Long-planned Polymet Mine Lands Required DNR Permits
Posted on: November 14, 2018
The NorthMet mining project site falls within the Lake Superior basin in a sensitive forested area between Hoyt Lakes and Babbitt, Minnesota, above the southwestern tip of Lake Superior. Credit: Environment Canada.

Poly Met Mining Inc. has obtained all required permits from the Minnesota Department of Natural Resources (DNR) for its NorthMet mining project—an open pit copper, nickel, cobalt and precious metals mine that would be located within the Lake Superior basin between Hoyt Lakes and Babbit, Minnesota. Although the project still requires water and air quality permits from the Minnesota Pollution Control Agency (MPCA) and a Wetlands permit  from the Army Corps of Engineers (USACE), the news has been cause for celebration for some and opposition for others.

More information about the Polymet permitting process:

While many are anticipating the economic benefits of the mining project and potential to create good-paying jobs, environmental groups are concerned about the potential for pollution caused by the mine, which would affect nearby waterways that lead into Lake Superior. Copper-nickel open-pit mining has historically resulted in extensive damage to natural habitats through acid mine drainage, sulfur dioxide emissions, land degradation and physical effects associated with open-pit mining. Although the permits administered by the DNR include financial assurance plans for reclamation of the NorthMet mining project site, the fact is that reclamation of open-pit mines can take a very long time, and the site will most likely never return to its pre-mining condition.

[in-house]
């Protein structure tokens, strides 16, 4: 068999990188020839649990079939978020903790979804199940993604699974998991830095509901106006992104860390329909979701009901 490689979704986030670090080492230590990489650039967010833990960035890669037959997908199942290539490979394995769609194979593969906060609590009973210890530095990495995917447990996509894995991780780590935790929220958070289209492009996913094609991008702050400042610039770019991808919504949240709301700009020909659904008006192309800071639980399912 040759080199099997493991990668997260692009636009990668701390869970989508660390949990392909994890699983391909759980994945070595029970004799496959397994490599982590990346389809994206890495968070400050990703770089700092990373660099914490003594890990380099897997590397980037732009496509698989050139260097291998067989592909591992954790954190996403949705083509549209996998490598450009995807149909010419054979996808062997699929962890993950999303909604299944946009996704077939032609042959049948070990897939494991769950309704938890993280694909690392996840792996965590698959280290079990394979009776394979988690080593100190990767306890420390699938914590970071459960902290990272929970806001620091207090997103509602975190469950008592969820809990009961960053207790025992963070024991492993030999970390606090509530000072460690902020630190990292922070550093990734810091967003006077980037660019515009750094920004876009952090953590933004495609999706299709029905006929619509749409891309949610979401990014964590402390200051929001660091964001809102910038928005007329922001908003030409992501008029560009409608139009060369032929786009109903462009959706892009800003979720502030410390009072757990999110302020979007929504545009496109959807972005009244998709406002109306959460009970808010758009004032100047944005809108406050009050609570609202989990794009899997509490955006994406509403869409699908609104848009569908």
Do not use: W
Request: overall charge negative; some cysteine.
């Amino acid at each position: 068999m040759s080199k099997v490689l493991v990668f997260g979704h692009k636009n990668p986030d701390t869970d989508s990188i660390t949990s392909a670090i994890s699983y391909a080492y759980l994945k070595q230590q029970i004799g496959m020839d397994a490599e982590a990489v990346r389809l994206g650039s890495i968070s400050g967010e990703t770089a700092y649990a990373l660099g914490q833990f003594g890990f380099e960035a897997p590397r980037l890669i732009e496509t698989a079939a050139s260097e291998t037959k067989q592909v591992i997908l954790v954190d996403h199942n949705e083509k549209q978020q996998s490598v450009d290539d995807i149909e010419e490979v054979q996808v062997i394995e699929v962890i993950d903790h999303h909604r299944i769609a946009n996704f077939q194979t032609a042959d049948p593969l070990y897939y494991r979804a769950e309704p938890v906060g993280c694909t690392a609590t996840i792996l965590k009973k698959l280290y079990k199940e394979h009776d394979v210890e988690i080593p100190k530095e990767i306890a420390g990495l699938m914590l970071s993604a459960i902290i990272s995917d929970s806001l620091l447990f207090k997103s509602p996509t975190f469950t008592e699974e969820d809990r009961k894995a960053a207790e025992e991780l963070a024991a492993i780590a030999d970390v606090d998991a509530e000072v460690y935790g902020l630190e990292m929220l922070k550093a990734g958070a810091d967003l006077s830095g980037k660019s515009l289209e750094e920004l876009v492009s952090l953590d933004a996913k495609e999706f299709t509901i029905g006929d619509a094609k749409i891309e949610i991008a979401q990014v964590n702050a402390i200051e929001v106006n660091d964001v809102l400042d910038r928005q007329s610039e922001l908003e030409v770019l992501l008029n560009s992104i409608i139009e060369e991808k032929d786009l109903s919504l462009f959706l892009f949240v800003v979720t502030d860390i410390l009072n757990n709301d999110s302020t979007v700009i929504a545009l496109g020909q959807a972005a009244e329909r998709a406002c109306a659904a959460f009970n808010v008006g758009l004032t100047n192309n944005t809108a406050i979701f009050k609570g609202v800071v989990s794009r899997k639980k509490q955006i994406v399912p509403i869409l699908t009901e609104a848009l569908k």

The project was initially proposed 14 years ago and has undergone extensive review. Before any copper-nickel mining in Minnesota could even be considered, a regional copper-nickel study was completed between 1976 and 1979. The published study is made available electronically through the Minnesota Legislative Reference Library along with many other reference materials about the history of copper-nickel mining, or lack thereof, in Minnesota. The DNR held several opportunities for public review and engagement with stakeholder and indigenous groups, which did result in changes to the permits. Environmental groups are still pressuring the DNR to rescind their permits and will likely continue to fight to preserve this forest area for non-mining uses.


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